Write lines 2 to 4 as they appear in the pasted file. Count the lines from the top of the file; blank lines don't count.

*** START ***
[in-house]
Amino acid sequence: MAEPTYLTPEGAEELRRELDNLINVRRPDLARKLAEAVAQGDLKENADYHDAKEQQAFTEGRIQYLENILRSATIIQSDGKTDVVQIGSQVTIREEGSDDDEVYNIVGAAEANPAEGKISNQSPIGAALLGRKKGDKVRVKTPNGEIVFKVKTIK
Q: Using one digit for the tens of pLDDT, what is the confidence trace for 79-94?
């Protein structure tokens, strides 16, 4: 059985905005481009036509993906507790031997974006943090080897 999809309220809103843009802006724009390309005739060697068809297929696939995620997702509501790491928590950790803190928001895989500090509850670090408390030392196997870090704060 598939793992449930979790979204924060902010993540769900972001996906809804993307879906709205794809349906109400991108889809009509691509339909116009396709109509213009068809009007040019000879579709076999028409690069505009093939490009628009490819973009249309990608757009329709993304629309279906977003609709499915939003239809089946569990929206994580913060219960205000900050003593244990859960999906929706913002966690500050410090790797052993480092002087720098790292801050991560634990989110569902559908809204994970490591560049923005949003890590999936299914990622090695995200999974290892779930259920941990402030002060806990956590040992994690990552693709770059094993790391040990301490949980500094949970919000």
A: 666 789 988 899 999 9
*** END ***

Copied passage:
Amino acid sequence: MAEPTYLTPEGAEELRRELDNLINVRRPDLARKLAEAVAQGDLKENADYHDAKEQQAFTEGRIQYLENILRSATIIQSDGKTDVVQIGSQVTIREEGSDDDEVYNIVGAAEANPAEGKISNQSPIGAALLGRKKGDKVRVKTPNGEIVFKVKTIK
Q: Using one digit for the tens of pLDDT, what is the confidence trace for 79-94?
């Protein structure tokens, strides 16, 4: 059985905005481009036509993906507790031997974006943090080897 999809309220809103843009802006724009390309005739060697068809297929696939995620997702509501790491928590950790803190928001895989500090509850670090408390030392196997870090704060 598939793992449930979790979204924060902010993540769900972001996906809804993307879906709205794809349906109400991108889809009509691509339909116009396709109509213009068809009007040019000879579709076999028409690069505009093939490009628009490819973009249309990608757009329709993304629309279906977003609709499915939003239809089946569990929206994580913060219960205000900050003593244990859960999906929706913002966690500050410090790797052993480092002087720098790292801050991560634990989110569902559908809204994970490591560049923005949003890590999936299914990622090695995200999974290892779930259920941990402030002060806990956590040992994690990552693709770059094993790391040990301490949980500094949970919000």